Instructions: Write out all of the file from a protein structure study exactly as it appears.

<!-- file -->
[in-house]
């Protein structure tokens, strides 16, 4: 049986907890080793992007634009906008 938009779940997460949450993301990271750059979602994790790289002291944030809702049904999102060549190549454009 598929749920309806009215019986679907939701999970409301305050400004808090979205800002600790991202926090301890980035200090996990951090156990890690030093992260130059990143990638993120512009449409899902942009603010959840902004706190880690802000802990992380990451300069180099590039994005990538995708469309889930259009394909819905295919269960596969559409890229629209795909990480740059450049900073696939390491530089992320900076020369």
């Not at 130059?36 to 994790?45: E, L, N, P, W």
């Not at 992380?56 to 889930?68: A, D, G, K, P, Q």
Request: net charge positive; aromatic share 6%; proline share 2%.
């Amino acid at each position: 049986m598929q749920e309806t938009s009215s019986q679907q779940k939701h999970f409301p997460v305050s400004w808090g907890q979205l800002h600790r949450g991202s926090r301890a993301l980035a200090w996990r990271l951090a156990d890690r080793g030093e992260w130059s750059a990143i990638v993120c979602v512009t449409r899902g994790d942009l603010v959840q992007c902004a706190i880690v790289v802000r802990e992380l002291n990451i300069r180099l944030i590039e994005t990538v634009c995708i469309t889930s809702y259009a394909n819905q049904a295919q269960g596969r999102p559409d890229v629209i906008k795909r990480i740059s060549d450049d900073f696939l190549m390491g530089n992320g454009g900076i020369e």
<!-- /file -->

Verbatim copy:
[in-house]
């Protein structure tokens, strides 16, 4: 049986907890080793992007634009906008 938009779940997460949450993301990271750059979602994790790289002291944030809702049904999102060549190549454009 598929749920309806009215019986679907939701999970409301305050400004808090979205800002600790991202926090301890980035200090996990951090156990890690030093992260130059990143990638993120512009449409899902942009603010959840902004706190880690802000802990992380990451300069180099590039994005990538995708469309889930259009394909819905295919269960596969559409890229629209795909990480740059450049900073696939390491530089992320900076020369």
């Not at 130059?36 to 994790?45: E, L, N, P, W």
């Not at 992380?56 to 889930?68: A, D, G, K, P, Q």
Request: net charge positive; aromatic share 6%; proline share 2%.
């Amino acid at each position: 049986m598929q749920e309806t938009s009215s019986q679907q779940k939701h999970f409301p997460v305050s400004w808090g907890q979205l800002h600790r949450g991202s926090r301890a993301l980035a200090w996990r990271l951090a156990d890690r080793g030093e992260w130059s750059a990143i990638v993120c979602v512009t449409r899902g994790d942009l603010v959840q992007c902004a706190i880690v790289v802000r802990e992380l002291n990451i300069r180099l944030i590039e994005t990538v634009c995708i469309t889930s809702y259009a394909n819905q049904a295919q269960g596969r999102p559409d890229v629209i906008k795909r990480i740059s060549d450049d900073f696939l190549m390491g530089n992320g454009g900076i020369e």